The next requirement is to make sure that all Global Catalog (GC) servers or domain controllers (DCs) in the same Windows site as the EVS run Windows 2003 or Windows 2000 SP3 or later. Exchange 2003 stores configuration information in the Active Directory (AD) DCs and GC. DCs hold a complete copy of all objects belonging to a domain plus a copy of objects replicated in the forestwide configuration naming context (NC). GCs hold a complete copy of all objects in their own domain plus partial attributes of objects from all other domains within the forest. I recommend you deploy at least two GCs in the same AD site as your EVS for redundancy. If a GC goes offline, Exchange can bind to the other GC in the site.

The third requirement is to create a cluster service account, which the Microsoft Cluster service uses to log on at boot time and form or join a cluster. The cluster service account has logon as service rights on each node and requires membership in the local Administrators group on each node. I recommend that you don't use the default Administrator account as the cluster service account. If the administrator account is disabled, it might cause the cluster service to fail. I also recommend creating one service account per cluster and linking the username to the cluster name. For example, for the DARA-CL1 cluster, the service account could be SVC-DARACL1. Creating one account per cluster reduces the impact of the account being locked out or accidentally disabled. If you have 10 clusters all using the same cluster service account, this cluster account service account becomes a potentially large single point of failure (a lockout event on that account will cause all clusters to fail). Finally, to reduce the risk of the service account being disabled, don't use the service account to log on to a cluster. Instead, create a separate security group for cluster administrators. Add the users who manage clusters to this security group, and add this security group to the local Administrators group on each cluster.

Finally, you'll need to create a Computer account in AD using the Microsoft Management Console (MMC) Active Directory Users and Computers snap-in for each EVS. I suggest that you create and properly secure this account in advance. If you're running your cluster in a security-hardened environment, consult “How to Run Exchange Server 2003 Clusters in a Security-Hardened Environment” at, which describes how you can create a special organizational unit (OU) in AD to hold the computer accounts belonging to EVS, how to grant the OU permissions to the Cluster Service account, and how to apply the Exchange Security templates provided by Microsoft as part of the "Exchange Server 2003 Security Hardening Guide." (You can download the guide at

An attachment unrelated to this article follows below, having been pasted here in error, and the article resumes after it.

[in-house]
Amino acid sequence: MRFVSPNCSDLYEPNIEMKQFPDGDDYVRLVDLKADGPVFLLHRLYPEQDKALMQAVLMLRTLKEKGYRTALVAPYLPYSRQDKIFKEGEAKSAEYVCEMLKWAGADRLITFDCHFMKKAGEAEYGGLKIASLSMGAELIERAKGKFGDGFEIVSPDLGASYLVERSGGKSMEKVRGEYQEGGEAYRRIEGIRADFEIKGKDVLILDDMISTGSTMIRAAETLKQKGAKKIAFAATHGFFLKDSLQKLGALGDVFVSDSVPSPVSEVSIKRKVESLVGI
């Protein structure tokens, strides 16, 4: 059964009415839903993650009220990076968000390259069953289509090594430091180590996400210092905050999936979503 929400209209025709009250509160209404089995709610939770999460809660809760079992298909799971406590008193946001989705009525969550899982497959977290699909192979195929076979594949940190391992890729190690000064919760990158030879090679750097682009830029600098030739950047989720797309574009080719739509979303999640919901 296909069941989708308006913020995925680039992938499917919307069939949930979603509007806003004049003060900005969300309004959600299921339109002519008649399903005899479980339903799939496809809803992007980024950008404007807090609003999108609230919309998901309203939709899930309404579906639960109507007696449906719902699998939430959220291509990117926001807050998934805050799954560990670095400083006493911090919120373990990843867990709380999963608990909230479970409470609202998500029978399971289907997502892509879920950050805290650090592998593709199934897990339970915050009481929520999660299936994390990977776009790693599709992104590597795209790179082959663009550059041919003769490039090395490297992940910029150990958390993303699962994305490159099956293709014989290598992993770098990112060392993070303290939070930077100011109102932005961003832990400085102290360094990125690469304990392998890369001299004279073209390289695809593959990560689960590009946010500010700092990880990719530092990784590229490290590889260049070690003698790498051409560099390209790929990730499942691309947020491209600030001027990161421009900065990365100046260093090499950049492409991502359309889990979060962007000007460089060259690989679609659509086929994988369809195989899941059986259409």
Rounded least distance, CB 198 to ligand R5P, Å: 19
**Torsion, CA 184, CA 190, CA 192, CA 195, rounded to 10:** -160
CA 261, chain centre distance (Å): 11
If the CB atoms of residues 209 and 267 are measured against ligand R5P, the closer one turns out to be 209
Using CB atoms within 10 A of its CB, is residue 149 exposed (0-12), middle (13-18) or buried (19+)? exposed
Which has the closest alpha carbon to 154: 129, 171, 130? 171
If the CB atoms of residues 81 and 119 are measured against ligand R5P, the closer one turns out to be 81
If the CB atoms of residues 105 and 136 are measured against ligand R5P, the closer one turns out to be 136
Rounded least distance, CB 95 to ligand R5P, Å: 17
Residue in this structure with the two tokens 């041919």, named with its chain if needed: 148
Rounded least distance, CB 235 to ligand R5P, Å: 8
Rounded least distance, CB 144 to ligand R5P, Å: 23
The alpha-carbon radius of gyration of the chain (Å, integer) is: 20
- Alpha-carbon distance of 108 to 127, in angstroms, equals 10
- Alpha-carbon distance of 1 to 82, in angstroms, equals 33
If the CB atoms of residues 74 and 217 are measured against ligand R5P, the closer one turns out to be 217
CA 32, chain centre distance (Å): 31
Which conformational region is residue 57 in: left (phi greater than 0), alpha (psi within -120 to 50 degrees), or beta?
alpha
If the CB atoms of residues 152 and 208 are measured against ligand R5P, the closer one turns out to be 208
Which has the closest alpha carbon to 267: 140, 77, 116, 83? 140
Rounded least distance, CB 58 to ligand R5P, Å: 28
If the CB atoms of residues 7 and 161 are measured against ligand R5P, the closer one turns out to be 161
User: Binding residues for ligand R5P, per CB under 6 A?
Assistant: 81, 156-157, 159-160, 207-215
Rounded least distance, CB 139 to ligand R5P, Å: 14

Preparing the Exchange Infrastructure
A number of Exchange components aren't supported or can't be installed on an Exchange cluster, so you might have to deploy additional Exchange servers before deploying the cluster. For example, Site Replication Service (SRS), which replicates configuration between AD and the Exchange Server 5.5 Directory Service (DS), doesn't run on an Exchange cluster. Thus, if you plan to implement your cluster in an existing Exchange 5.5 site, you must deploy a standalone Exchange 2003 server in the site to meet the requirements for your migration. You can find a list of Exchange components and whether or not they're supported in a cluster at

Setting Permissions
Microsoft built many security enhancements into Exchange 2003, and a number of these improvements are cluster-specific. In Exchange 2000 Server, the cluster service account required Exchange Full Administrator rights at the Administrative Group level to create an EVS. With Exchange 2003, the cluster service account doesn't require any Exchange-specific permissions delegated to the Administrative Group. To install an EVS, the account you use to perform the installation must be delegated Exchange Full Administrator rights at the Administrative Group level (or be a member of a security group that's been delegated Exchange Full Administrator rights). If the EVS is the first EVS to be installed in your Exchange organization, the account you use to perform the installation also requires Exchange Full Administrator rights at the Organization level. (For more information and best practices for setting Exchange permissions, see the document Working with Active Directory Permissions in Microsoft Exchange 2003 at